Over the last few months, Senator Elizabeth Warren of Massachusetts has positioned herself as one of the front-runners for the Democratic nomination for president in the United States’ 2020 elections.
Widely viewed as the ‘most progressive candidate’ in the Democratic primaries, Warren has built her run around a series of forward-looking, liberal reforms – most of which aimed at reducing income inequality.
As, the U.S. economy showing some signs of slowing down, there may indeed be quite a lot of sense in the running on economic reform (even if some disagree with the senator’s specific policy goals or plans of action).
For the most part, Warren has crafted a persona as a progressive economic reformer for herself around the core issues of the American electorate: “Plans for taxes and health care, ways of addressing student debt, and cutting down on corporate waste and tax evasion, and so on.”
These are not different areas for candidates of both political parties to focus on, even if they do so in different ways.
Where, Warren sets herself apart is in her almost uniquely progressive approach to these subjects – as well as in the fact that, “She’s positioned herself as the candidate who will take on the billionaire class, break up monopolies, and generally crackdown on what’s increasingly described as ‘immoral’ extreme wealth.”
Which has led to numerous op-eds and public comments from wealthy figures and elite business owners expressing caution over a potential Elizabeth Warren presidency?
In the case of Facebook CEO Mark Zuckerberg, however, things have gone further.
Beginning with Warren’s unveiling of a plan to break up big tech companies, she and Zuckerberg have locked in something of a public feud.
Warren’s Plan For Big Tech
The roots of the Zuckerberg-Warren feud are in the fact that “Warren believes, weak antitrust laws in the U.S. have allowed ‘big tech’ companies to become too dominant.” Eliminate too much competition, and essentially rob users of choice, and thereby enable themselves to act irresponsibly.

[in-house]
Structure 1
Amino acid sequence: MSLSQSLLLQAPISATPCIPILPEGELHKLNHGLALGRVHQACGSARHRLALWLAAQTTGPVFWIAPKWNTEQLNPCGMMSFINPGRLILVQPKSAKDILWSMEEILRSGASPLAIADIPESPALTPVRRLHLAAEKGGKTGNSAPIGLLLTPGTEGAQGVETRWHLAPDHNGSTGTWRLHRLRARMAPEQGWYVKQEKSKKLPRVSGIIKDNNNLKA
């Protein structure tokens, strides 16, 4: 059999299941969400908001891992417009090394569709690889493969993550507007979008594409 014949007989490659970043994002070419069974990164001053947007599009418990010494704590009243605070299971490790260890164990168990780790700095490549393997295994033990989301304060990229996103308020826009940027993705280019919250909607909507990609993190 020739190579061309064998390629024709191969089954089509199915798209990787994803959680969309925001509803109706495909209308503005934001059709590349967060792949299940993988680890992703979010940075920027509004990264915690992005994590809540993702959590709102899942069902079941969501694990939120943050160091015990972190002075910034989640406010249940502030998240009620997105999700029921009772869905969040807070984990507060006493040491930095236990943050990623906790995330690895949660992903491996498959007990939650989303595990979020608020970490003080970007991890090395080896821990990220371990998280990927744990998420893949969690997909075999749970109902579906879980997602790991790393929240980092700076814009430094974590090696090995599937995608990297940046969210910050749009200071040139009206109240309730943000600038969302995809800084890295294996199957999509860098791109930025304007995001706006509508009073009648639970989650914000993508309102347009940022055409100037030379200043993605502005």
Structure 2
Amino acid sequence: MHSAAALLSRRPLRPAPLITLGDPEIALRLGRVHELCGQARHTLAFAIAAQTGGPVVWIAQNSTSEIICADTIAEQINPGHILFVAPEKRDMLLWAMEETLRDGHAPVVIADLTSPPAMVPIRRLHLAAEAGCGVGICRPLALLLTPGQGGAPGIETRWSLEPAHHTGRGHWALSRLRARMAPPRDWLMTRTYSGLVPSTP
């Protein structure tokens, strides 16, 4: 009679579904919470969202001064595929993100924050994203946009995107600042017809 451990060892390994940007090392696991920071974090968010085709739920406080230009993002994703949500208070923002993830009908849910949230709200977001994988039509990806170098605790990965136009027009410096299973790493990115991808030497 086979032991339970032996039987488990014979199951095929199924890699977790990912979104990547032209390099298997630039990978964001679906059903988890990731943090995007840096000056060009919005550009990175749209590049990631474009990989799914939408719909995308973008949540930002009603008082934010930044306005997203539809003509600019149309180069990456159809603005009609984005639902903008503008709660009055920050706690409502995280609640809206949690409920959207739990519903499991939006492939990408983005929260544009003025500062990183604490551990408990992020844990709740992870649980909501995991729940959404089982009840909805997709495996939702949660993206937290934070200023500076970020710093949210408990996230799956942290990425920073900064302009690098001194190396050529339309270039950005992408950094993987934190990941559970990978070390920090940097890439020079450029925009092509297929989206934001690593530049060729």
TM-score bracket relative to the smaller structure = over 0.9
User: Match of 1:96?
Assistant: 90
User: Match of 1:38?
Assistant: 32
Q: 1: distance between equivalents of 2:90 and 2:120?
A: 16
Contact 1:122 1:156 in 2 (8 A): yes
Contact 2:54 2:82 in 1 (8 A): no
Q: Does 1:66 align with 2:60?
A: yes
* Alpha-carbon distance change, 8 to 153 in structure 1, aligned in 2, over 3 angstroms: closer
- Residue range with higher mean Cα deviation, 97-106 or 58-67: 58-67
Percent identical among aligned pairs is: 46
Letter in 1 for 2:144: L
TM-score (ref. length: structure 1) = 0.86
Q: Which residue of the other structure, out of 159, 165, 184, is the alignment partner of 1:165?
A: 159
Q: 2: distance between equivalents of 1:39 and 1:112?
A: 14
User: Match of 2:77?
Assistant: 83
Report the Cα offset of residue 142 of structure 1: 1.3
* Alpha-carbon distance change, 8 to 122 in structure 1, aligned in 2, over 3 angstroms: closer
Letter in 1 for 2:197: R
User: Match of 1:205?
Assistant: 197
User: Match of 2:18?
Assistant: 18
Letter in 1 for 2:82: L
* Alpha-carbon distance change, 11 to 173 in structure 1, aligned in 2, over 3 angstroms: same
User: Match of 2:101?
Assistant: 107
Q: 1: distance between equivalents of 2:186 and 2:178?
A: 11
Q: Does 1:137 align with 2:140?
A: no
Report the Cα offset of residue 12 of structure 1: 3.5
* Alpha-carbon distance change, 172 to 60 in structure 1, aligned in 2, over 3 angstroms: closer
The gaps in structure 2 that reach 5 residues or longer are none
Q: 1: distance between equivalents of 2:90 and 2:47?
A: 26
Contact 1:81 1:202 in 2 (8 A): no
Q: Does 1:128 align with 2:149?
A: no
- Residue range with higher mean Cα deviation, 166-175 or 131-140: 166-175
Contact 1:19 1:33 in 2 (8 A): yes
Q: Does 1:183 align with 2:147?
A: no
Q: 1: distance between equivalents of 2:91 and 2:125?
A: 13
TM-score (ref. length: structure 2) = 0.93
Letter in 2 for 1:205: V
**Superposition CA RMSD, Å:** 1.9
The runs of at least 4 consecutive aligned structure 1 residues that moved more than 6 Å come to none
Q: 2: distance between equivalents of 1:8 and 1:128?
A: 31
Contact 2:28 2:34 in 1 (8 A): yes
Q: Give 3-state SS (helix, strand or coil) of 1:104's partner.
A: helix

She has various plans to fix these issues through the core of them is that “She would look to reverse anti-competitive mergers and keep tech companies of a specific size from running their platform utilities.”
Through its efforts, Warren hopes, “To provide greater control to the users over their data, give news outlets, and to creatives a more significant share of the value of the content they generate and decrease the threat of foreign powers using social media to influence American elections.”
Zuckerberg’s Known Concern
It’s only natural that the above proposals – while appealing to much of the American public – have spooked some prominent tech leaders. It would be one thing if they were merely idealistic concepts being tossed around in the primary. Still, as things are shaping up, they’re core proposals from a legitimate Democratic front-runner.
At this stage, some of the top U.K. betting sites are posting odds on the U.S. elections already, and they’re widely counting Warren as one of the betting favorites.
The polls for the last few months have told a similar story. And for these reasons, Zuckerberg hasn’t just expressed disagreement, but instead appears genuinely concerned.
The leaked audio has revealed the young CEO suggesting that: Aspects of the plans (those that would un-do Facebook’s acquisitions of WhatsApp and Instagram) would represent an “existential threat” to the company.
Beyond The Wealth Issues
Even after given all of the above, the disputes between Senator Warren and Mark Zuckerberg may not have become a big story. Were it not for the fact that Facebook has also come under scrutiny for its handling of misinformation.
Stubbornly maintaining that, Facebook is not a media company (when for all intents and purposes, it has become just that).
Zuckerberg has argued that “the company itself cannot fact-check political posts, and is thus limited in its ability to prevent demonstrably false information from reaching the voting public.”
Warren and other Democratic Party members have also extensively challenged the stance with the senator. Even going so far as to post her own false Face book ad about Zuckerberg, as a means of pointing out the sort of content the CEO is allowing to go unchecked.
As of now, the dispute between Warren and Zuckerberg appears to be at something of a standstill. Furthermore, as the Democratic primaries advance toward 2020, other issues will likely occupy the spotlight.
However, given Warren’s legitimate chance at the Democratic nomination, this dispute isn’t going to go away entirely.